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The Pamphlet Collection of Sir Robert Stout: Volume 4

The Birmingham Daily Post, 26th June 1876

page 27

The Birmingham Daily Post, 26th June 1876.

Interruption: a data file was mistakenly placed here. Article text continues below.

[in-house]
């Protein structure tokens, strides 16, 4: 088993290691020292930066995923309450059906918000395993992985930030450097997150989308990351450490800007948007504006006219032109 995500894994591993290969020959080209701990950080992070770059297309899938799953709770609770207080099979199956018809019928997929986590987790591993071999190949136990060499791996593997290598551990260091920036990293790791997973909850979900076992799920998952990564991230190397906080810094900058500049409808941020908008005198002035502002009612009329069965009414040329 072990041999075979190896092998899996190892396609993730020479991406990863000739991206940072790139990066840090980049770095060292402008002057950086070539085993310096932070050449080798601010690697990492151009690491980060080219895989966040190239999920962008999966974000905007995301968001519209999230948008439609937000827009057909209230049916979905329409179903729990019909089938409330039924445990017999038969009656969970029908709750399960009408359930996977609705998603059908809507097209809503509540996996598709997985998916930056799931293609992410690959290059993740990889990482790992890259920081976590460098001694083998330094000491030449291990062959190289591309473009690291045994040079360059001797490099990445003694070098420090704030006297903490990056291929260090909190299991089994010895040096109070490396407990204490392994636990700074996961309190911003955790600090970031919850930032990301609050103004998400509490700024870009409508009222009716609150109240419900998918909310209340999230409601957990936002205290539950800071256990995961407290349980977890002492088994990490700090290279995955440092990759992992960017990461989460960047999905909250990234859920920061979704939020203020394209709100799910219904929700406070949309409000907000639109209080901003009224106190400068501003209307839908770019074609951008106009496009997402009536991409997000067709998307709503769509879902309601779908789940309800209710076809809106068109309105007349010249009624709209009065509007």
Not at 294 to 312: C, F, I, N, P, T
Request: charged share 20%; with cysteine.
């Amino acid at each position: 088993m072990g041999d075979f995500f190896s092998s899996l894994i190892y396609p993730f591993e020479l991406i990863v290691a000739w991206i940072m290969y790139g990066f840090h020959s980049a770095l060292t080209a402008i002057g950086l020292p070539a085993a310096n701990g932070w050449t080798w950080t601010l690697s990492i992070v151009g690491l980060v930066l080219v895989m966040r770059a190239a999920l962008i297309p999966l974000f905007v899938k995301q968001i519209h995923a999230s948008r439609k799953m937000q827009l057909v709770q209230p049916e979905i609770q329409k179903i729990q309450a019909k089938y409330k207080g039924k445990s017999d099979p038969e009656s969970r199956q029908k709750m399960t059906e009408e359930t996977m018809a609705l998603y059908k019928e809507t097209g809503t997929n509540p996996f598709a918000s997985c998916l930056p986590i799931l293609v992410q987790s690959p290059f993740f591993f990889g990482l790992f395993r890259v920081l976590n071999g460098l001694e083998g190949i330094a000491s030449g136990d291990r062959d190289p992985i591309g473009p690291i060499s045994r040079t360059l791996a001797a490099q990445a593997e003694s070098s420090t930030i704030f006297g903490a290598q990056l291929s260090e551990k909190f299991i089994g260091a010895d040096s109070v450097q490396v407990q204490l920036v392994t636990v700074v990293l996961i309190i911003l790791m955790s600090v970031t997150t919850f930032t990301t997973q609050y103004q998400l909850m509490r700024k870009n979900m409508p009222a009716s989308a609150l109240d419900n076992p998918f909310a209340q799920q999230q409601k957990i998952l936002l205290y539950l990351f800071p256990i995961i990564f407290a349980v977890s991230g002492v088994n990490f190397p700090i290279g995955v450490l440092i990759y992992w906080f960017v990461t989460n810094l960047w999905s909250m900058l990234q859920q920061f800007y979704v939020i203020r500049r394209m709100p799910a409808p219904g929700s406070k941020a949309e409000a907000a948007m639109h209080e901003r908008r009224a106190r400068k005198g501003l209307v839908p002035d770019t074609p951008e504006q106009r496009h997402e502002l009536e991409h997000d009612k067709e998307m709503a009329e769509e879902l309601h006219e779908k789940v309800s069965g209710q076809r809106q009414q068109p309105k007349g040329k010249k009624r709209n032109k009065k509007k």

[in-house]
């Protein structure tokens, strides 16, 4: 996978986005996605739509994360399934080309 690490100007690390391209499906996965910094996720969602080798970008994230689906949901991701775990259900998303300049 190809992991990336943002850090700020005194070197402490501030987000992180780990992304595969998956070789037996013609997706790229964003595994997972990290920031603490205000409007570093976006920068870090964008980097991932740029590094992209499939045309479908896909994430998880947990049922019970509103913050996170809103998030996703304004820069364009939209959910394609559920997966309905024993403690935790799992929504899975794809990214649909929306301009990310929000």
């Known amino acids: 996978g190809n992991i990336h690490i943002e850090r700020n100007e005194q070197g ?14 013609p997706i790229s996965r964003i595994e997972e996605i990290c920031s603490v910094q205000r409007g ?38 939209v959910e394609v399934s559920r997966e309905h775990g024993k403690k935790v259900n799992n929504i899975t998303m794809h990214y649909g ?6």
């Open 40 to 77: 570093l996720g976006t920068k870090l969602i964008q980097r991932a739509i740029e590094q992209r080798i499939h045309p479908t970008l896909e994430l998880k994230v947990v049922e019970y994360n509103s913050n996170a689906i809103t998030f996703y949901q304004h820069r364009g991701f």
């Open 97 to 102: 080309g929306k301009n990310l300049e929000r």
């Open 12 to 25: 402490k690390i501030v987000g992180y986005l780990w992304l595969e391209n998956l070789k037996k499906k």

The interest which has been manifested in the proposal to erect, on a very suitable site on the Thames Embankment in London, an Imperial Museum for India and the colonies, is an indication of the healthy change which has taken place in the estimate held by the public generally of the importance of affairs connected with our Indian and colonial empire. Dr. J. Forbes Watson, in an ably written paper, advocates the erection on the site referred to, of two independent museums—one for India, and the other for the colonies—the Colonial Museum to consist of sections representing separately the principal colonies, provision being made at the same time for the India Library, and for the establishment of a special Colonial Library and Reading-room; the buildings likewise to contain the rooms of the Royal Asiatic Society, and of the Royal Colonial Institute. It is also proposed to concentrate the business of the colonies in the same building, by placing in it the offices of the Crown agents and of the agents-general for the colonies. The two museums, he urges, would form together an Imperial Museum, representing the whole empire. Dr. Watson endeavours to show that the plan he proposes is far preferable to the alternative one of allowing the existing Indian Museum to remain in the galleries at South Kensington, and of relegating the colonial collections to galleries at a considerable distance. He points out the serious inconvenience which would arise from the location of the Indian and Colonial Museums at South Kensington, as their position should be as near as possible to the places in which the business of the classes likely to consult them is already localised, while the additional circumstance should be kept in mind, that if the museum building is to be in a suitable locality for the offices of the colonial and emigration agents, it must not be removed out of the business quarters of London. The proposed site on the Thames Embankment manifestly meets all these requirements, and it is an important consideration that while the colonies are not likely to support a proposal to place their museum at South Kensington, there are grounds for believing that they will respond heartily if the Embankment site can be obtained. Dr. Watson bases his advocacy of the new institution, or rather combination of institutions, mainly on the ground that the steady and remarkable development of the commercial and financial relations between England and its possessions is at the same time calculated to bring home, even to those who are insensible to the political bearing of the question, the great material advantages which result from the connection between England and the colonies and India.